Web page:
Computer-aided dispatch (CAD) doesn’t have any of the flash of the latest innovations in police technology. There are no cool gadgets involved and it’s more than a decade old. But it can boast one thing: it does its job.
The system, a partnership started in 2000 between the Philadelphia Police Department and University of Pennsylvania and Temple University police, allows campus police to see city 911 calls that occur in their boundaries. Campus police can then respond to nearby jobs that city police can’t get to immediately.
Penn and Temple public safety officials said the impact of the system has been huge. In certain areas of the city, it allows campus police to work with city police in order to respond to 911 calls faster. Penn police respond to about 135 city calls a month, or more than two percent of the nearly 6,000 calls it responds to a month, said Penn’s VP of Public Safety Maureen Rush, while Temple police respond to about 300 city calls a month, or 30 percent of the roughly 1,000 calls it responds to a month, said Temple’s deputy director of Campus Safety Services Charles Leone.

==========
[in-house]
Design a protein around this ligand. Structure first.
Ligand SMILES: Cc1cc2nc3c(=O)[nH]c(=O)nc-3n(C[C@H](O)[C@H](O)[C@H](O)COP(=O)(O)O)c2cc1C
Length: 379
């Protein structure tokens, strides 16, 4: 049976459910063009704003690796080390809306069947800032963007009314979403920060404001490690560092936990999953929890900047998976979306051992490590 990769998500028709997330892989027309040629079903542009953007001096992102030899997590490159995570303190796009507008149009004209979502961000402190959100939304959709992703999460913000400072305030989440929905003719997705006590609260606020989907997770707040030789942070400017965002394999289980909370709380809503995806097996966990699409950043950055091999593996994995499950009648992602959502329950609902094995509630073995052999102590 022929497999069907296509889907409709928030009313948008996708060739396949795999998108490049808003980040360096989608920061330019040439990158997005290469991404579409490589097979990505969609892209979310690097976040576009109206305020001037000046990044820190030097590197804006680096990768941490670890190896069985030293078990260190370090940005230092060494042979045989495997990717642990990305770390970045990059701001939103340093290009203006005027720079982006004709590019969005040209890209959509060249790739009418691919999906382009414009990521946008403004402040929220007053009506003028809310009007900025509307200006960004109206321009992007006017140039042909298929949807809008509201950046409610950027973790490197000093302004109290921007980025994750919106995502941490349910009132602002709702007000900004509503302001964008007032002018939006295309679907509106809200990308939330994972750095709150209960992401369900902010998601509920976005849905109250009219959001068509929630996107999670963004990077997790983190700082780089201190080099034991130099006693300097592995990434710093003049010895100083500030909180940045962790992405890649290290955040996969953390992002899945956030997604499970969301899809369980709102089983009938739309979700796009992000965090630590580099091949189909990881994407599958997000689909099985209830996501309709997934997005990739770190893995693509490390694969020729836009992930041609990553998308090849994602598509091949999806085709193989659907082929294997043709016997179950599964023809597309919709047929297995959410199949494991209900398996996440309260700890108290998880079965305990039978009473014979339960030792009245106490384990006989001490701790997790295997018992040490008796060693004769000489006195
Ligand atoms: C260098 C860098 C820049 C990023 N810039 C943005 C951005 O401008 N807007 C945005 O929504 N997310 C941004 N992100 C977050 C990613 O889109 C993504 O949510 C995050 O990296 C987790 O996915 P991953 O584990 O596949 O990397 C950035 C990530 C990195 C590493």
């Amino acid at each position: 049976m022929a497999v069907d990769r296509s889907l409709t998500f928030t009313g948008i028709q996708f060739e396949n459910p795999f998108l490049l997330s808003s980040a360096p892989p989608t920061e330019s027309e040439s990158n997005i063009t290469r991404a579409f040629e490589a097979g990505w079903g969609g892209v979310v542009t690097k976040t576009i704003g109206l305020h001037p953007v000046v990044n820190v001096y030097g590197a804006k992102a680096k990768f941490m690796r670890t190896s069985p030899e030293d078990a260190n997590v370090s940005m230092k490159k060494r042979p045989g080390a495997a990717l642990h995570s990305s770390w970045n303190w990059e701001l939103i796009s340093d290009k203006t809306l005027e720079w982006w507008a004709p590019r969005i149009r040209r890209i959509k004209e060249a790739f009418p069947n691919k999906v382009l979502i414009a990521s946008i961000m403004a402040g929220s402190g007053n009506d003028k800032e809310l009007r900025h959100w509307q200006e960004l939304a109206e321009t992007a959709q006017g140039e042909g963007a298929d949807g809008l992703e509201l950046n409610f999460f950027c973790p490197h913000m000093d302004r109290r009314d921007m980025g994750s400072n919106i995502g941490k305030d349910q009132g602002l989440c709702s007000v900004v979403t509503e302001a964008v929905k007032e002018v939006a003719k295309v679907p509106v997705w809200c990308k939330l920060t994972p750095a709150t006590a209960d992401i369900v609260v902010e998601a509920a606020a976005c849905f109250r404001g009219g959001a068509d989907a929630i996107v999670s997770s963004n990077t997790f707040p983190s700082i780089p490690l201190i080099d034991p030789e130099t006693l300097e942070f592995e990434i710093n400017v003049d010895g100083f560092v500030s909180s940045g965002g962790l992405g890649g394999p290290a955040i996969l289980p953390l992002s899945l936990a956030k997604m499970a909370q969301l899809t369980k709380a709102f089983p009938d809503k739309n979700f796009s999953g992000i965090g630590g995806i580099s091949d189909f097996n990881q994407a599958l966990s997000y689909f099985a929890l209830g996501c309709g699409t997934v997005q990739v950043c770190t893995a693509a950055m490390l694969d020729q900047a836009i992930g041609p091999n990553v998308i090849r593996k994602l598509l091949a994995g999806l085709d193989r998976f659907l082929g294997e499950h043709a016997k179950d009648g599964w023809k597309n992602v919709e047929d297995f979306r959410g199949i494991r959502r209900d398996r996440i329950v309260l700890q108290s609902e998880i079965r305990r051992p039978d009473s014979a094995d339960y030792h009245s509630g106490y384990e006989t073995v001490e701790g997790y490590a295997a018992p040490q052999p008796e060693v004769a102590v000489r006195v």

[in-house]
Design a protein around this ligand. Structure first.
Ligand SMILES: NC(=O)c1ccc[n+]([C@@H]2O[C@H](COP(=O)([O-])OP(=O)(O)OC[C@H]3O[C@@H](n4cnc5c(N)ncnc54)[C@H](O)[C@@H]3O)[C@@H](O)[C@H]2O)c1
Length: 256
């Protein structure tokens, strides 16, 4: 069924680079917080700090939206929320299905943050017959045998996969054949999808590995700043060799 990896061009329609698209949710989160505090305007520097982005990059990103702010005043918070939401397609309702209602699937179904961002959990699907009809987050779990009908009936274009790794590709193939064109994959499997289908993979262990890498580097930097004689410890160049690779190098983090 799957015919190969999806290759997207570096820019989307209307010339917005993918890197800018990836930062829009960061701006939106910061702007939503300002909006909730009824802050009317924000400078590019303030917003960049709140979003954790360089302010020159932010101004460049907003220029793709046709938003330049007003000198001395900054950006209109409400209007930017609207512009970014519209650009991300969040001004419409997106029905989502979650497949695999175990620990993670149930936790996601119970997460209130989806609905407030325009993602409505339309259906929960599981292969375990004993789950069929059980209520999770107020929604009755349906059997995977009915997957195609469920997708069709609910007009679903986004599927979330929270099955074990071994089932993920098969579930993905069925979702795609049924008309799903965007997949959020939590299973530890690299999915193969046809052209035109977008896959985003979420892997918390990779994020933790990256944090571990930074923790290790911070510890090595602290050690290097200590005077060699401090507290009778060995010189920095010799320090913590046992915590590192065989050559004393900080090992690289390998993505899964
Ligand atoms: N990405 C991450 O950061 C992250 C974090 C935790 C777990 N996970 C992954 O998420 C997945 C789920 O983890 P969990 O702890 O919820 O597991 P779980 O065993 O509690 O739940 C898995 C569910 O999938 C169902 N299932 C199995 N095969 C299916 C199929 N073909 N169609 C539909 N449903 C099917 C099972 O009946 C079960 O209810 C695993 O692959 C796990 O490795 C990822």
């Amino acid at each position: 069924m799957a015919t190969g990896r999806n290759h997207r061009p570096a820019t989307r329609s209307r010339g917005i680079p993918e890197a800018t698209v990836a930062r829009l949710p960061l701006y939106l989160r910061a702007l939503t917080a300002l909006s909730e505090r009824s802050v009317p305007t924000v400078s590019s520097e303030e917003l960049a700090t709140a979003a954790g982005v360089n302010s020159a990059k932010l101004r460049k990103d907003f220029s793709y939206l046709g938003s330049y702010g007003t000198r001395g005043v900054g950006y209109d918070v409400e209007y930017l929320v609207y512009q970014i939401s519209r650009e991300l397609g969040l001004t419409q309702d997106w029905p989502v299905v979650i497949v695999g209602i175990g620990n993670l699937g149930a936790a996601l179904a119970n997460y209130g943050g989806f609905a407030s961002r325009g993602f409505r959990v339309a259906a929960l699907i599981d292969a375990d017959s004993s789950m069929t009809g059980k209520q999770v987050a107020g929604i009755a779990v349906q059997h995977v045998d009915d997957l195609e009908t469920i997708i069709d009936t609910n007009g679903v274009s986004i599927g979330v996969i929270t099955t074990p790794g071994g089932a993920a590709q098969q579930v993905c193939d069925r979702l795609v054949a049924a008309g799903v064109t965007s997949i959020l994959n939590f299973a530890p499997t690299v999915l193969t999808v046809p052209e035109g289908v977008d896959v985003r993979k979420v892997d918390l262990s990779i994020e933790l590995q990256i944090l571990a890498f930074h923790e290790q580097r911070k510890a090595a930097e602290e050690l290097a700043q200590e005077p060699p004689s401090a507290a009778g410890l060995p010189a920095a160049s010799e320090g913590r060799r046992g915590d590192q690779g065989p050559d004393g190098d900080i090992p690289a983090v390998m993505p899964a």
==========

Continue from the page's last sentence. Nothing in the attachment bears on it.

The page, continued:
Before the CAD partnership, a lower priority 911 call could sit in a queue for hours if city police didn’t have the resources to respond, Rush said. Now, if that call is within Temple or Penn boundaries, campus police can take that job off the hands of city police.
The system also helps keep campus police safe, said Temple’s executive director of Campus Safety Services Carl Bittenbender, who used to work with the Police Department’s first deputy commissioner of Science and Technology Charles Brennan (Brennan helped to facilitate the CAD partnership during his time at the Police Department).
Before this partnership with city police, there was no reliable way for campus police officers to know about 911 calls in their patrol area. A Temple police officer could be walking by a reported home invasion but have no idea, Bittenbender said. Now, the lines of communication between campus police and city police are not only open, they’re automated.
This is part of Technically Philly’s multi-part series looking at the state of police IT: where it’s been, what’s it like now and where it’s going. Find the other stories in the series here.